Sounds of the Season

And the terrible lyrics that accompany them

It’s the most wonderful time of the year, which means a lot of different things to different people. Jesus Christ, Christmas trees, Christmas decorations, cold weather, hot cocoa, really whatever puts you in the holiday spirit. Unlike any other holiday celebrated in America, we are also treated to a whole genre of music that is only consumed for about one-twelfth of the year.

This isn’t a list of the best or worst Christmas songs, which has been done many times before, but, instead, an in depth look at some the dumbest lyrics ever written.

Let me gloss over a few points.

BEST: N’Sync — Merry Christmas, Happy Holidays

This jam has a few things working in its favor.

1) It’s an original song, which means it hasn’t been recorded by a hundred different artists and you probably didn’t grow up singing it in school or church. Basically, your eardrums haven’t been bombarded by it every year of your life in every consumable form of media.

2) It’s by N’Sync. Say what you want, but those cats can sing and make some catchy tunes. This one is no exception.

3) It has just the right amount of blatant consumerism, political correctness, and religious reference. It covers all the bases. It’s got all the imagery of Christmas, they wish everyone else a “Happy Holidays,” and they share the Gospel (God sends you his love!).

4) The video features a hungover Santa Claus and a sober (best I can tell) Gary Coleman.

WORST: Popular opinion is that this spot is held by “Christmas Shoes.” I’m sorry, while it is not a great song, it is just about the saddest thing I have ever heard. In good conscience, I can’t call it the worst.

Many others would say that “Santa Baby” claims the spot. I agree this song is awful and deserving of hatred. But it is not the worst ever, because I think it is trying to be bad on purpose.

But gang, that’s not what we are here for. We are here to dive into some of the holiday classics that, at times, really don’t make a lot of sense.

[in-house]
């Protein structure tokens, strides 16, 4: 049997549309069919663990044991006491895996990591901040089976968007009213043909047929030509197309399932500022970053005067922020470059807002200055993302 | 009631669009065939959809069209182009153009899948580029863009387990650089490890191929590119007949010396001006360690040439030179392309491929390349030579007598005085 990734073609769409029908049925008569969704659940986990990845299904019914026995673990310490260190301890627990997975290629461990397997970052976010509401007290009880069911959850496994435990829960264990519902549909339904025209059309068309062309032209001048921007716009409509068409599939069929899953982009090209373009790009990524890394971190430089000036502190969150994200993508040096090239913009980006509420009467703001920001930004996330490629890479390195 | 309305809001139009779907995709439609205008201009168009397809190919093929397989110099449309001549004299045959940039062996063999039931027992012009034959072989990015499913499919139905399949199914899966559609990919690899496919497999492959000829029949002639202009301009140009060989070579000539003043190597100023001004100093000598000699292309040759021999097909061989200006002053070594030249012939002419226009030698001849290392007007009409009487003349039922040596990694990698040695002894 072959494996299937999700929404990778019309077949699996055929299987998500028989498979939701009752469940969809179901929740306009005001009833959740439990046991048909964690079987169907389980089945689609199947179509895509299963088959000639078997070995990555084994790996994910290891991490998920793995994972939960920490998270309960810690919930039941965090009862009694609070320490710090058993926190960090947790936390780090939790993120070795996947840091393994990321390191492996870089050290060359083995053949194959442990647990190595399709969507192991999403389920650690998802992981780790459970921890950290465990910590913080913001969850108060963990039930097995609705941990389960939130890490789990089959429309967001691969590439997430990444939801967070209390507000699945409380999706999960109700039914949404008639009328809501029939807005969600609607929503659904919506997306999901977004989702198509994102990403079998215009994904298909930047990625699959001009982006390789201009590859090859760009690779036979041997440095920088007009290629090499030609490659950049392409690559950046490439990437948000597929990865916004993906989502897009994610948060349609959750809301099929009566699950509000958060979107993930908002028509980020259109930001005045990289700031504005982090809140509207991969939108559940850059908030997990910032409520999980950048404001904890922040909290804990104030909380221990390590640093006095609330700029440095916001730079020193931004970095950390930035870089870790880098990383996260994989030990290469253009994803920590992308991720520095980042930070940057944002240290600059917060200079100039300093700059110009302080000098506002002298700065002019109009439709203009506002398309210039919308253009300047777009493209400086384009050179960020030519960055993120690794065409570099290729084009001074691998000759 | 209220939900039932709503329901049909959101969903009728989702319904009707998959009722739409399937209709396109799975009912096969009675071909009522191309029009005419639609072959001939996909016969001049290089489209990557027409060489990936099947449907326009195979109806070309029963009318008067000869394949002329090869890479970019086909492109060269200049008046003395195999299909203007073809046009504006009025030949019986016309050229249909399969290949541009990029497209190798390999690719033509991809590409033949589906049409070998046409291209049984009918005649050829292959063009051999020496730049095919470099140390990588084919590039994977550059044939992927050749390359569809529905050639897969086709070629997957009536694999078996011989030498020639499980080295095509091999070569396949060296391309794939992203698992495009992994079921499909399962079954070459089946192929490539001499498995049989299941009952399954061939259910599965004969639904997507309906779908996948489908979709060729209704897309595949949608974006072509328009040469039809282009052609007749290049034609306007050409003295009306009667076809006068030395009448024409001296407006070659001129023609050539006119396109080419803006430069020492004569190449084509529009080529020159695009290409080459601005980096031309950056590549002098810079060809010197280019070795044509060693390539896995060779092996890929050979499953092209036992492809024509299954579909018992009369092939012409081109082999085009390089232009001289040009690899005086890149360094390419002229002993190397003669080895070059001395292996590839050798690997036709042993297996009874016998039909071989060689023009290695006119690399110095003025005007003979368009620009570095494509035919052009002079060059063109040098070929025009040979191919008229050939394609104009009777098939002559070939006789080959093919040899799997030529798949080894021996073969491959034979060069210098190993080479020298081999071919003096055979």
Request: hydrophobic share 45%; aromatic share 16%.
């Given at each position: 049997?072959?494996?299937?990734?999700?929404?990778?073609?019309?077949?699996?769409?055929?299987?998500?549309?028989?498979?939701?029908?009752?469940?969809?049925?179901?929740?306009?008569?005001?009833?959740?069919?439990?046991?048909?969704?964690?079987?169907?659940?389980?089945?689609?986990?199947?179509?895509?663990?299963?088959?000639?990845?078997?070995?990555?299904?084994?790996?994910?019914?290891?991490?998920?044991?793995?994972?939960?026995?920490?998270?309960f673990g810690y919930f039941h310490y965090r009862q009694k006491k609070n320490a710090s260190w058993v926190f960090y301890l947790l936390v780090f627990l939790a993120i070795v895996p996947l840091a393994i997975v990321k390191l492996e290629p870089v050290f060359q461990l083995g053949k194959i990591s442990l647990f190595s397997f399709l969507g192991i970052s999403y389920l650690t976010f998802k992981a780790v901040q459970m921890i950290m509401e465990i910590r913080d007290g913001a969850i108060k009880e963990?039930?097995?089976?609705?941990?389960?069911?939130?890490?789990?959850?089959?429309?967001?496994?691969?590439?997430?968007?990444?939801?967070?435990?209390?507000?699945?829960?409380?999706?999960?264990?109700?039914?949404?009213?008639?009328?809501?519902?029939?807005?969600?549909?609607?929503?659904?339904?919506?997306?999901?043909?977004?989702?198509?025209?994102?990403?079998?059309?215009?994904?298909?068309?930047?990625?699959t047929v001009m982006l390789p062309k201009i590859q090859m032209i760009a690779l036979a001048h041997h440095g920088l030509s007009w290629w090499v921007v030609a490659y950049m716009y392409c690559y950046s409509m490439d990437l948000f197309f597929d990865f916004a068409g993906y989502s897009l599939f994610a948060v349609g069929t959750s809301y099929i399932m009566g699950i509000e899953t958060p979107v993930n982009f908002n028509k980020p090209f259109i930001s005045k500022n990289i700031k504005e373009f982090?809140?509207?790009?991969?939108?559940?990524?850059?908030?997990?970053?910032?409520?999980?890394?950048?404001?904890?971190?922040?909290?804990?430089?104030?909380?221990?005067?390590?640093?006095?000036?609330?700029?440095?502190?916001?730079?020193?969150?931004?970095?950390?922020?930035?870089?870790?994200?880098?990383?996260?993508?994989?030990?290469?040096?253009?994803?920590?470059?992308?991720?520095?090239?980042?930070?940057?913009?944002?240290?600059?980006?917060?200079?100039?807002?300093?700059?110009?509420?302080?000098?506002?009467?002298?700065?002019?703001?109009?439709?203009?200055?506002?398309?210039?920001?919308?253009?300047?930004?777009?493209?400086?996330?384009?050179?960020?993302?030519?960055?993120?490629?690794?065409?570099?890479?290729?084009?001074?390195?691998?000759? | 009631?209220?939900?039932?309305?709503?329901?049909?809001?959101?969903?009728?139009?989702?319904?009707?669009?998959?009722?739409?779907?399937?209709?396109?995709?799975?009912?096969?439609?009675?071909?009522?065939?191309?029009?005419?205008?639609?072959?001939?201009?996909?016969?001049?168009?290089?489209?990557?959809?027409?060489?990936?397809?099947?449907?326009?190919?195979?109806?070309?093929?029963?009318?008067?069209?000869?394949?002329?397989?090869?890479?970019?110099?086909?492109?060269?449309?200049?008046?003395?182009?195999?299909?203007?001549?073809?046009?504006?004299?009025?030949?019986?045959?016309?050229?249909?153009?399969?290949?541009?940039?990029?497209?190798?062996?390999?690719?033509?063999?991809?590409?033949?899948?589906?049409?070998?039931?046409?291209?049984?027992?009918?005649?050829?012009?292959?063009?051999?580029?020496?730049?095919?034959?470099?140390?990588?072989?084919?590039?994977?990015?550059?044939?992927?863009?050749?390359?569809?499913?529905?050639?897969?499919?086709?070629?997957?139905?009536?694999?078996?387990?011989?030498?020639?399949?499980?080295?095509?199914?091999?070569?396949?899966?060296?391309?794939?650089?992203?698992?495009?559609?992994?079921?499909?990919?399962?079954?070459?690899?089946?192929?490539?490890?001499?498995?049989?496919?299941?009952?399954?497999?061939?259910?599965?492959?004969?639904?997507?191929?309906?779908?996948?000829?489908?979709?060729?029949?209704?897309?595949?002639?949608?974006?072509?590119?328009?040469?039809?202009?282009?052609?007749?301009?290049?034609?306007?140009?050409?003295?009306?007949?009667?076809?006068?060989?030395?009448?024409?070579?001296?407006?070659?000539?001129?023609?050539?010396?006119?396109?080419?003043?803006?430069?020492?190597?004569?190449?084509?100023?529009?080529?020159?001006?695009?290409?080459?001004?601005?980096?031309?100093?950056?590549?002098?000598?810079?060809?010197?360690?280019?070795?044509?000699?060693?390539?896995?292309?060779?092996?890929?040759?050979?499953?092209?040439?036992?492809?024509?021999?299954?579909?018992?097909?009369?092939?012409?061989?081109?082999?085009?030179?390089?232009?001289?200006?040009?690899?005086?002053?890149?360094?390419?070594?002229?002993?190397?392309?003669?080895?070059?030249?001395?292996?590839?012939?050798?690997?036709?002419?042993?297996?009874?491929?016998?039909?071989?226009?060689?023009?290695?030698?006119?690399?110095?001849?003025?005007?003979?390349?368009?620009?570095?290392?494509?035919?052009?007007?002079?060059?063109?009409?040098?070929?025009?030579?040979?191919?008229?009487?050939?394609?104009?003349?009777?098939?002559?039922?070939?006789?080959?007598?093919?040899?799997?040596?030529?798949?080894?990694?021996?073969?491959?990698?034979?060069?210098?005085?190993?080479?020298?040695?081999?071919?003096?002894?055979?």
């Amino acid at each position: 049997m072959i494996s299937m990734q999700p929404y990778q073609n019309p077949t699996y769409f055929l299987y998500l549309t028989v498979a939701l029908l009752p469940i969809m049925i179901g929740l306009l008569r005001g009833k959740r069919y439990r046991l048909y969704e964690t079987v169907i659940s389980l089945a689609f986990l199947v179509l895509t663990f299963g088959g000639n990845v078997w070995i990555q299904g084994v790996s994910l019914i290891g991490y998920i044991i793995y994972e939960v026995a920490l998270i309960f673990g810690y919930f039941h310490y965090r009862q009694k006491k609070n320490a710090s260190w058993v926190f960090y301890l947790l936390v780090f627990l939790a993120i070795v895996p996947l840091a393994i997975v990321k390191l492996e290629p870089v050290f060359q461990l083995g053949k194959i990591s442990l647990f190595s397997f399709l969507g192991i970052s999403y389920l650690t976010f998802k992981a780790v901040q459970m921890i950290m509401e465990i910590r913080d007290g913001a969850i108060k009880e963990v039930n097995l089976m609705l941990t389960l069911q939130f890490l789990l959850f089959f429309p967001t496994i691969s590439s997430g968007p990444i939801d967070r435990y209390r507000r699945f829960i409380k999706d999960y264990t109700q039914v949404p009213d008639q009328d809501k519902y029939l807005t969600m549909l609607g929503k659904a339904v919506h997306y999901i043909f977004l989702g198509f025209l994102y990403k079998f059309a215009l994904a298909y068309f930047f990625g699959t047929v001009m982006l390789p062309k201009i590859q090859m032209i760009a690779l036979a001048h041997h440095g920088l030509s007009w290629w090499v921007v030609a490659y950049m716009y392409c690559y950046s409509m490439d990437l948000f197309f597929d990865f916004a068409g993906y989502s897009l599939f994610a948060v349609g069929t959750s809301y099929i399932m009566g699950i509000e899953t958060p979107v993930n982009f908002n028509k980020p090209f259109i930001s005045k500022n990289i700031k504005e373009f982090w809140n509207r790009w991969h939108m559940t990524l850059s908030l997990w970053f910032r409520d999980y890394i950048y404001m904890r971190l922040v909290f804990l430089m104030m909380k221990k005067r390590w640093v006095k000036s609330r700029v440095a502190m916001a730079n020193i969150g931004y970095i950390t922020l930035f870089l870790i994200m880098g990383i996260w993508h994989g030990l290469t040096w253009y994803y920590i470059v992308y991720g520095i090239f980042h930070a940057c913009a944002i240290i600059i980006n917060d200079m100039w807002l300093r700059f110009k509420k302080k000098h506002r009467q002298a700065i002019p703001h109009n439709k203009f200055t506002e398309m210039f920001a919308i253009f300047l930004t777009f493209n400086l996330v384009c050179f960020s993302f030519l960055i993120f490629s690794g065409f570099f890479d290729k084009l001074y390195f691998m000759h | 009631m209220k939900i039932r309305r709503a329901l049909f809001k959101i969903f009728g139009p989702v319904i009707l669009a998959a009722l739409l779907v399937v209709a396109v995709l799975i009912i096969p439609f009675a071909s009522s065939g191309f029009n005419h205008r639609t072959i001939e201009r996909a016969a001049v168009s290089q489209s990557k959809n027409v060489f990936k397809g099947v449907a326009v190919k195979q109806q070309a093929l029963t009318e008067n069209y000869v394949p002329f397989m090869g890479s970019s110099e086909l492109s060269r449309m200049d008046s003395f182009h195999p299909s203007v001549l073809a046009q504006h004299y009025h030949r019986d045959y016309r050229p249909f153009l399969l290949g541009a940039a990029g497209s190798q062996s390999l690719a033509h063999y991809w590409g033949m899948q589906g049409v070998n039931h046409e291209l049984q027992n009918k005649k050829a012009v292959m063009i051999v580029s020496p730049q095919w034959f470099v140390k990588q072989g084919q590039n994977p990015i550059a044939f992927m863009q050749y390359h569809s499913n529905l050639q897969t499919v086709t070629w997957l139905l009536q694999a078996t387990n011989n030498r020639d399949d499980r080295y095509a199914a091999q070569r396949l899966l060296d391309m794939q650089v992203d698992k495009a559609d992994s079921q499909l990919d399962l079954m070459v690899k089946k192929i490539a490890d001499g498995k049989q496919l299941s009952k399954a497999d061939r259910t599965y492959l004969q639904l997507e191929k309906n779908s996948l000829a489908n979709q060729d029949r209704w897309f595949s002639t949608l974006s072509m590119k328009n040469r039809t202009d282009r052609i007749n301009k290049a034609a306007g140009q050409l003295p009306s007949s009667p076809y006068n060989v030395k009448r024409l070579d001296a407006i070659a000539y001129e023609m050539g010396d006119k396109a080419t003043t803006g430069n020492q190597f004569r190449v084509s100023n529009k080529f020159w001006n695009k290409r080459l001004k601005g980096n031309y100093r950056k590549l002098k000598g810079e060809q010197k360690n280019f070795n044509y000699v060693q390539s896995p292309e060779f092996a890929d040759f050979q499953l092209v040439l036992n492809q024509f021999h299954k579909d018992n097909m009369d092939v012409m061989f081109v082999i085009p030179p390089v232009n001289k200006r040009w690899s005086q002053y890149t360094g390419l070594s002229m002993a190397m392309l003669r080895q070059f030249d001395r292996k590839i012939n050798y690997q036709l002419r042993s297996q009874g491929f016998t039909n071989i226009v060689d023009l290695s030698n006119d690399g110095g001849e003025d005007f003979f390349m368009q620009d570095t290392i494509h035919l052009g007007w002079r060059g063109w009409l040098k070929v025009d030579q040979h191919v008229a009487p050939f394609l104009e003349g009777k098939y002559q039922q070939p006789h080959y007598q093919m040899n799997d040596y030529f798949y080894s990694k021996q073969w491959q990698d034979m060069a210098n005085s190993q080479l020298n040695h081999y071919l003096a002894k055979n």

Gene Autry — Up on the House Top

Let’s start slow, this one seems pretty straightforward. Santa lands on the roof, goes down the chimney and leaves presents. Perfectly reasonable sequence of events. But, simply put, only about 10% of the events occur on up on the house top.

Once inside the house, the second verse tells us:

“Look in the stocking of Little Bill

Oh, just see what a glorious fill!

Here is a hammer and lots of tacks,

A whistle, and a ball, and a whip that cracks.”

A glorious fill indeed, Bill, considering your sister, Little Nell, only got a baby doll that can “open and shut its eyes.” Furthermore, Bill is either being subjected to unethical child labor or the kid is up to no good.

Various Artists throughout time and space — Little Drummer Boy

Aside from the fact that half the song is just “pa rum pum pum pum,” which is plain lazy (greatest generation, eh?), this seems like a pretty good Christmas song. It takes awhile, but, I assure you, it eventually goes off the rails.

After asking permission to play his drum for the baby Jesus, the song wraps up:

Mary nodded, pa rum pum pum pum

The ox and lamb kept time, pa rum pum pum pum”

HOW? How would an ox and/or a lamb keep time? By pawing of hooves? Bleating? Also, that’s kind of the drummer’s job, to keep time. Their one and only job. The sole purpose of the drum is to keep time. So why the ox and lamb? So half the words are the drum sound, and these are the words you choose for the other half?

Jackson 5 — Santa Claus is Coming to Town